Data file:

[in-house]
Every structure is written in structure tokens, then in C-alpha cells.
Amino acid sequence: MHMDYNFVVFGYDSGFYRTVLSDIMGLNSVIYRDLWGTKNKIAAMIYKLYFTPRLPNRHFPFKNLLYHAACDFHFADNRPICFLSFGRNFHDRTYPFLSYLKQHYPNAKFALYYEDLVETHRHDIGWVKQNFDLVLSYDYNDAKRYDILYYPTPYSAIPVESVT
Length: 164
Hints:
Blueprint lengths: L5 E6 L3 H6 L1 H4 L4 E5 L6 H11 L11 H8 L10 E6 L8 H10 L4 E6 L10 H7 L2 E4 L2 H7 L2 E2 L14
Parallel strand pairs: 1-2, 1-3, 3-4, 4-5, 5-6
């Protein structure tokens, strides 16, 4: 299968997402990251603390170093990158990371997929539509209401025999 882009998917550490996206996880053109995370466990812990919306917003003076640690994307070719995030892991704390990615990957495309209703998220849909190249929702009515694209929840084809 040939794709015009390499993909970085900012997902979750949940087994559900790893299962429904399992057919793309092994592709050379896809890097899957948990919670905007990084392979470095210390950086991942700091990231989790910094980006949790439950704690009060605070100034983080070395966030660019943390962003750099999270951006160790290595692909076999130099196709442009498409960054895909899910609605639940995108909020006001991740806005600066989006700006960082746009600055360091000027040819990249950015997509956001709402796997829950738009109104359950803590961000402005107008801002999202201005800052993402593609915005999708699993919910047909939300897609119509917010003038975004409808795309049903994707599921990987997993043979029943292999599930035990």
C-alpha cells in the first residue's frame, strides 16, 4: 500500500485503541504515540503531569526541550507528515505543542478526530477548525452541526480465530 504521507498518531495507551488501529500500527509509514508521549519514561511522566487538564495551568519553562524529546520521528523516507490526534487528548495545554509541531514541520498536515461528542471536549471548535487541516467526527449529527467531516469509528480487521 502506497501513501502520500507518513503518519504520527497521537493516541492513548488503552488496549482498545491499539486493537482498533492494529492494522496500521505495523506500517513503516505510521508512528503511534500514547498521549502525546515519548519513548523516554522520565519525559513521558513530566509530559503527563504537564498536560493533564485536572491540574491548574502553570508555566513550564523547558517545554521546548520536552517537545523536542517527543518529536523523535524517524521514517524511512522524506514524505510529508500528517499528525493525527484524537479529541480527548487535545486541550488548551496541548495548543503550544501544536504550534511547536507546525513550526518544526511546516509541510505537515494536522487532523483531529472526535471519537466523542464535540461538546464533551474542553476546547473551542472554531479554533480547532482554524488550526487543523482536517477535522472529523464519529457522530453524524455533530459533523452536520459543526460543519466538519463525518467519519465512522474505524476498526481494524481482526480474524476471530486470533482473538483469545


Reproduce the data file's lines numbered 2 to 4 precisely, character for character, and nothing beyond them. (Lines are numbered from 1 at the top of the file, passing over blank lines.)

Every structure is written in structure tokens, then in C-alpha cells.
Amino acid sequence: MHMDYNFVVFGYDSGFYRTVLSDIMGLNSVIYRDLWGTKNKIAAMIYKLYFTPRLPNRHFPFKNLLYHAACDFHFADNRPICFLSFGRNFHDRTYPFLSYLKQHYPNAKFALYYEDLVETHRHDIGWVKQNFDLVLSYDYNDAKRYDILYYPTPYSAIPVESVT
Length: 164